A Black family in Maryland navigates the pandemic and inflation with some success
Looking at Tyrone Ferrens and his blended family today, you'd be forgiven for thinking their path to success was easy.
Despite the ravages of the pandemic, Ferrens – a stock market-savvy man with a habit of casually dropping high-level economics talk in everyday conversations – says he and his wife's household income has doubled since the start of COVID-19.
The house the family shares in Aberdeen, Md. – a six bedroom, five bathroom suburban structure with a pool and two ponds in the backyard – is a testament to years of hard work by Ferrens and his wife, Michelle.
"We watched our house get built from the ground up, and it was just like our baby," Ferrens said, proudly displaying the backyard.
There, Ferrens and his wife live with two of the couple's adult children – biologically Michelle's, but equally loved by the pair – Ferrens' mother, a grandson and a brood of family pets.
"We're like the real-life Brady Bunch," Ferrens jokes, introducing the couple's "only biological child" – an equally tiny and territorial white pup named Ashe.
Until the COVID-19 pandemic struck, Michelle had been retired from her work as a respiratory therapist.
"This being a respiratory disease she was receiving phone calls 'we'll pay you,' doubling her offers or tripling her pay to travel," Ferrens said. "And we came up with a plan that while she was doing that and I was doing the things that I was doing, that we could afford to build this home, our forever home."
Ferrens works as an electrician with the sports equipment company Under Armour.
While Michelle was on the road as a traveling healthcare professional, he would often work in excess of 115 hours a pay period to keep at bay the loneliness of missing his partner.
The turn to honest work was a sharp departure for Ferrens, who spent 16 years of his adulthood addicted to crack cocaine and heroin. As many often do, Ferrens also turned to selling drugs during that time.
"I'm originally from New York. I grew up in the inner-city, came from Brooklyn," he said. "I came down here basically out of necessity. I had been trying to get away from both the police and people."
Ferrens described the "people" as possible "co-defendants" in charges he had been facing.
When Michelle and Tyrone first met, barely out of their teens on a flight to California, both were on bright paths.
Tyrone was heading to training for his career as a Navy electrician, and Michelle, then an aspiring rapper, would go on to join the RIAA-certified gold girl-group JJ Fad.
But Tyrone Ferrens found his time in the Navy disappointing. He says he was training to become part of the elite Navy SEALS, but says he was faced with overt racism by his fellow recruits.
Ferrens intentionally failed a drug test to get discharged, he said, sending his life into a downward spiral.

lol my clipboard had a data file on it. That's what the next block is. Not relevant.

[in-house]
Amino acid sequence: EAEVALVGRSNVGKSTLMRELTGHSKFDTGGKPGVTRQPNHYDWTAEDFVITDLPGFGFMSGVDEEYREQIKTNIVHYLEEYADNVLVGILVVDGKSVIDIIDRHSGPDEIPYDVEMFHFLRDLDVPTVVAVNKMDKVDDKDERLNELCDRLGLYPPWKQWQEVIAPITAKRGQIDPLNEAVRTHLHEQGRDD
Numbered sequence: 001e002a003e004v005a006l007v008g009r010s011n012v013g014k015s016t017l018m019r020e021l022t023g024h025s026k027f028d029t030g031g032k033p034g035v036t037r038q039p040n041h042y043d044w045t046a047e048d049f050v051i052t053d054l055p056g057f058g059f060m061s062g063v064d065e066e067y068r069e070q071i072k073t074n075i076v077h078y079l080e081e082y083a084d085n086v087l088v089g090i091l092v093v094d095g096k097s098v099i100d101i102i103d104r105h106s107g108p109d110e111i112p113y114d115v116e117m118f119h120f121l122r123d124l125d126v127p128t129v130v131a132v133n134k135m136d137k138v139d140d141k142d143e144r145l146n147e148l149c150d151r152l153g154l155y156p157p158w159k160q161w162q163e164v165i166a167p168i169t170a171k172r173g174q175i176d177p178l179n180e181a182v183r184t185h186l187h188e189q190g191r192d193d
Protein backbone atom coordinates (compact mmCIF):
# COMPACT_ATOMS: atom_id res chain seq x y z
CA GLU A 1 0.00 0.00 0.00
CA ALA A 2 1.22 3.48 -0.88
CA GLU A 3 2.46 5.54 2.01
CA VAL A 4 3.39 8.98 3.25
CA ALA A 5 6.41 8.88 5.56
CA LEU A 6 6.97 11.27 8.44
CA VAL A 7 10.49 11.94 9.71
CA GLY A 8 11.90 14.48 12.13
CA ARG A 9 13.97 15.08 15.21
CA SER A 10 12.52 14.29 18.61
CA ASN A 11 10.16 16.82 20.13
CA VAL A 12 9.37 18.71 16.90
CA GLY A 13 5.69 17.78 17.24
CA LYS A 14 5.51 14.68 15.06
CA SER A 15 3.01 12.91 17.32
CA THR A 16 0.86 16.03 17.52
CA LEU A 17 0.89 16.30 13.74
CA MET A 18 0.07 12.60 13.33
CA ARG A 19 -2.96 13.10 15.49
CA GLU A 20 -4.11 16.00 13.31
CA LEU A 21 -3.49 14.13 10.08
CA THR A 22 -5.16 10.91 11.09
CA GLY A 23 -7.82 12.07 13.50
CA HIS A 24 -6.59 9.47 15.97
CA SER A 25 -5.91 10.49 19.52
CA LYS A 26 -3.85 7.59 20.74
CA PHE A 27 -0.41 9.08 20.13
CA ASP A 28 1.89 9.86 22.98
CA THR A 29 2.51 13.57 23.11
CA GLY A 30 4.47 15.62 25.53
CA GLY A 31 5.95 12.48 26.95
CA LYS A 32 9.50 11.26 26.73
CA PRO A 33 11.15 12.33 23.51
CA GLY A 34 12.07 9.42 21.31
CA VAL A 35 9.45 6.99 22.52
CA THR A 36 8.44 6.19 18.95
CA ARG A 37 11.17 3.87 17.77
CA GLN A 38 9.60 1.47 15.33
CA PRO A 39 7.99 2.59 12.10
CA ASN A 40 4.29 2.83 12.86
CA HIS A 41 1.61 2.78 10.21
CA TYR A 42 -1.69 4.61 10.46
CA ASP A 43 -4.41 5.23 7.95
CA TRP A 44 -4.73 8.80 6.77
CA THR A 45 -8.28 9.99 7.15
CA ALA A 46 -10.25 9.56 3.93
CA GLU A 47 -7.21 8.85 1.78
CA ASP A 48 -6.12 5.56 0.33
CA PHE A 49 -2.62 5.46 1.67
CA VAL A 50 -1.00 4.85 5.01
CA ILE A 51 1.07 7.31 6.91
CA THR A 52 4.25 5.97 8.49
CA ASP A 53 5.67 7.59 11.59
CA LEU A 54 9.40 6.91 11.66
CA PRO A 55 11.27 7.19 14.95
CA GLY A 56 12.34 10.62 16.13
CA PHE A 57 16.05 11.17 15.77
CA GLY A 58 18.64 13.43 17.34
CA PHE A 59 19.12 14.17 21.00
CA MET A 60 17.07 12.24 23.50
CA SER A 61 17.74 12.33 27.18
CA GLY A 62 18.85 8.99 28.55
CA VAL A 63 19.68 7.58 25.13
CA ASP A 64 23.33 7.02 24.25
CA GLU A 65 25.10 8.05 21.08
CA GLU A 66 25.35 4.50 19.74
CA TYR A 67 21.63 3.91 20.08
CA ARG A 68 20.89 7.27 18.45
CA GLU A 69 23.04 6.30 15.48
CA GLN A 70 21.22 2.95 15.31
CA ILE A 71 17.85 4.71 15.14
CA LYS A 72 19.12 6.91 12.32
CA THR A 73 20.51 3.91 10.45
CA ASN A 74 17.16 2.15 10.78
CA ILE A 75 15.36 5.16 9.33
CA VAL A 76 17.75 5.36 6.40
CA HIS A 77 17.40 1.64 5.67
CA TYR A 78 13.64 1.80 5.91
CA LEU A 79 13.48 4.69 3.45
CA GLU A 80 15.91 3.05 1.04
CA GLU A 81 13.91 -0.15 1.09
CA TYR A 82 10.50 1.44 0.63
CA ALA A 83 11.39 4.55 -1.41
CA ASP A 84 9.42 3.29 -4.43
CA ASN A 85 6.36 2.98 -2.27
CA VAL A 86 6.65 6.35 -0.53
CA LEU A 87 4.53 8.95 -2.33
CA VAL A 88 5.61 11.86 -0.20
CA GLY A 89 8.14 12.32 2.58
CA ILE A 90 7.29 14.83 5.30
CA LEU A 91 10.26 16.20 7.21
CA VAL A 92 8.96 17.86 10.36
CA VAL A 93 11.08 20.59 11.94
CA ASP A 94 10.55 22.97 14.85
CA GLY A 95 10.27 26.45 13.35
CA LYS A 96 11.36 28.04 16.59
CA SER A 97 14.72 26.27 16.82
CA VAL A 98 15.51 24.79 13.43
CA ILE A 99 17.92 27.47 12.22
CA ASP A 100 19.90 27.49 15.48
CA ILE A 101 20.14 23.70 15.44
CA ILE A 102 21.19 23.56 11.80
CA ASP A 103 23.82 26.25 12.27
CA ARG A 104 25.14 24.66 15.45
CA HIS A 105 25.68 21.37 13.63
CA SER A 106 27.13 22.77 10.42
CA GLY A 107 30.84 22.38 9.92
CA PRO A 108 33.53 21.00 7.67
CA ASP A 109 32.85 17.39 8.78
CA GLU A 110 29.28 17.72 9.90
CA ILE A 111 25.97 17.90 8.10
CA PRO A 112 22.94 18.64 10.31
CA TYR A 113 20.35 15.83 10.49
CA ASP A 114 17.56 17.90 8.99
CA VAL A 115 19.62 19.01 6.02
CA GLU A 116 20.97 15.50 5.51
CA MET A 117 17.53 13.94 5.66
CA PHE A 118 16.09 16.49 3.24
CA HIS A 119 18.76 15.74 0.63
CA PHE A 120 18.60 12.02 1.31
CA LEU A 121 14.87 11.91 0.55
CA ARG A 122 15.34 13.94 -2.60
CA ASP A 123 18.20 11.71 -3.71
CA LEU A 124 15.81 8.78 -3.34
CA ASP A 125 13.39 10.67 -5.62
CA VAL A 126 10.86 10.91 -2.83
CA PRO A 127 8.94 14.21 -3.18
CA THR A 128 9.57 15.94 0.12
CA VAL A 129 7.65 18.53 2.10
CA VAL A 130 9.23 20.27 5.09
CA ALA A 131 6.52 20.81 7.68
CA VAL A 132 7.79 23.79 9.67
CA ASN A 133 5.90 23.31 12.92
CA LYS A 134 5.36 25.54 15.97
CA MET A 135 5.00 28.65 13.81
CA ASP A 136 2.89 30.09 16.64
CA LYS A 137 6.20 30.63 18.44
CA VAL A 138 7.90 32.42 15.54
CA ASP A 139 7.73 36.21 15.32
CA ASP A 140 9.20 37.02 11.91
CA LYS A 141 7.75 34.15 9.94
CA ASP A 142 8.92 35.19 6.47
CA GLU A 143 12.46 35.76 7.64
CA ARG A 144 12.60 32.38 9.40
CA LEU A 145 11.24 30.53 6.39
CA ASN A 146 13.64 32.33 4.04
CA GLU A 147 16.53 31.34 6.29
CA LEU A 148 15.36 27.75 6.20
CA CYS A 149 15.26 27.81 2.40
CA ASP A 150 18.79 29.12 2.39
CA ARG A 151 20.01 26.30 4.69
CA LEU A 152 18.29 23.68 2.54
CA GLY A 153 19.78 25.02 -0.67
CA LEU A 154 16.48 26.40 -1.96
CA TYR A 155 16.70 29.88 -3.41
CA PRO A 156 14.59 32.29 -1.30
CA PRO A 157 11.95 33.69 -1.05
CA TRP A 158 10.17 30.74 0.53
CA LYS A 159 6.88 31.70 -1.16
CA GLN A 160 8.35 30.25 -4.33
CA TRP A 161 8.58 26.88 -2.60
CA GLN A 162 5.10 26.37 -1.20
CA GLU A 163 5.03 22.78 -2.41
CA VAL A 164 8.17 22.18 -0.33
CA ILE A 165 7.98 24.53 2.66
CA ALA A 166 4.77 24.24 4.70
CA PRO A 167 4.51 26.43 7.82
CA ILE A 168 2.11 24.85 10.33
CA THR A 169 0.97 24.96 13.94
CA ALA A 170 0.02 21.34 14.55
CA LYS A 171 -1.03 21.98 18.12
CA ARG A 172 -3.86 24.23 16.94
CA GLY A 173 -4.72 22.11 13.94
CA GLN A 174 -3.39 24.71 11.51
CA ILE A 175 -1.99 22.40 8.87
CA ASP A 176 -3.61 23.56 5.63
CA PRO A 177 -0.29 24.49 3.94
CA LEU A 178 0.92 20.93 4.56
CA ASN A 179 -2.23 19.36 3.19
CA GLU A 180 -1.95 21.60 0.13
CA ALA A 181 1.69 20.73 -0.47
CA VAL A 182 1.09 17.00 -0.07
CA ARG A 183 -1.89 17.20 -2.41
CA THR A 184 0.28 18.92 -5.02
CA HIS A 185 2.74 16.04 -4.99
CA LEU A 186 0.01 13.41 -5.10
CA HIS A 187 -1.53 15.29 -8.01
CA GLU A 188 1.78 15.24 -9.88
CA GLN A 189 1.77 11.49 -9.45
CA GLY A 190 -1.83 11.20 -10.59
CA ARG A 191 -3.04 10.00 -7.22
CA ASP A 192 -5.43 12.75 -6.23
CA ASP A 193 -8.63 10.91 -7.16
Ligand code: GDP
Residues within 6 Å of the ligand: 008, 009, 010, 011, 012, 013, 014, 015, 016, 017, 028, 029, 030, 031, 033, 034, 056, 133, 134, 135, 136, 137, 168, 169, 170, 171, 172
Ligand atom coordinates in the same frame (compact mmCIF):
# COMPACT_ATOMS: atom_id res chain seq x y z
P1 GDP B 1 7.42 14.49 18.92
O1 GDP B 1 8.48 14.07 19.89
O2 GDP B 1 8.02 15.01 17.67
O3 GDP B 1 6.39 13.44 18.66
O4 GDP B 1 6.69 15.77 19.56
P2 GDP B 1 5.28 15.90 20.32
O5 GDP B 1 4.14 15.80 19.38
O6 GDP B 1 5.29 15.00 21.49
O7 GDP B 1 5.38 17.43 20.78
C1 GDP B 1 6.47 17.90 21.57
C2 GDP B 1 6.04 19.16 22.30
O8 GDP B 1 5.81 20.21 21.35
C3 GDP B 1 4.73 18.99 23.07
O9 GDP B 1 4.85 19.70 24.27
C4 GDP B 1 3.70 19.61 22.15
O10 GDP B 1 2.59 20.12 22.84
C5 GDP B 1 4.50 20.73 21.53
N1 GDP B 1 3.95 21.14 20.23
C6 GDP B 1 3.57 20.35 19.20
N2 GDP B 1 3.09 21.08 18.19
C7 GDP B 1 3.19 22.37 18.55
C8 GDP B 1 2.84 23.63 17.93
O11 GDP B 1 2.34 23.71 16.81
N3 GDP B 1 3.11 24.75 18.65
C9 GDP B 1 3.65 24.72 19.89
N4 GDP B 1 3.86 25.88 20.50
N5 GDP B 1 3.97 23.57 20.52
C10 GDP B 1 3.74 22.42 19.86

He returned to New York and lost touch with Michelle. He married, and divorced, his first wife, and started using and selling drugs.
"I had been living in such a hopeless existence for so long," Ferrens said.
After his last stint of incarceration – a six-month bid for felony assault in 2007 – Ferrens resolved to turn his life around.
"I was determined, because I had sons, that I didn't want to continue in that line. I wanted to change my life."
He joined a Jumpstart program for former offenders and improved on his skills as an electrician.
"I eventually finished four years of apprenticeship school. I became a licensed electrician," he said.
"I've never had any more police contact. I have 15 years clean and sober, and I just ended up at Under Armour."
From there, he reconnected with Michelle – then mostly finished with the high-flying tour life and herself a mother to four children.
The two settled down in Maryland with their eyes on building their dream house to enjoy their retirement years.
But over the past two years as the pandemic raged, two of the couple's adult children found their financial lives in peril and moved into their parents' home.
The older of the two children, a daughter, Regina, took over the basement, accompanied by her four dogs – two huskies and two chihuahuas.
"It was going to be my man cave," Ferrens said of the basement, but "kids need a place to stay means kids need to come home. That's far more important than a man cave."
Both children, inspired by their father's success, are now following Ferrens' career path and are training to become licensed electricians.
"I would just see him at work, and I would just be amazed by like the amount of things he would talk about or the amount of things we would see," Ferrens' son Andre Lee said admiringly of his father.
"I never had that growing up," he said. "Although he is my stepfather, he is my real father at the end of the day, because of what he's done for me in my life. It's because of him that I can call myself a man and be proud of it."
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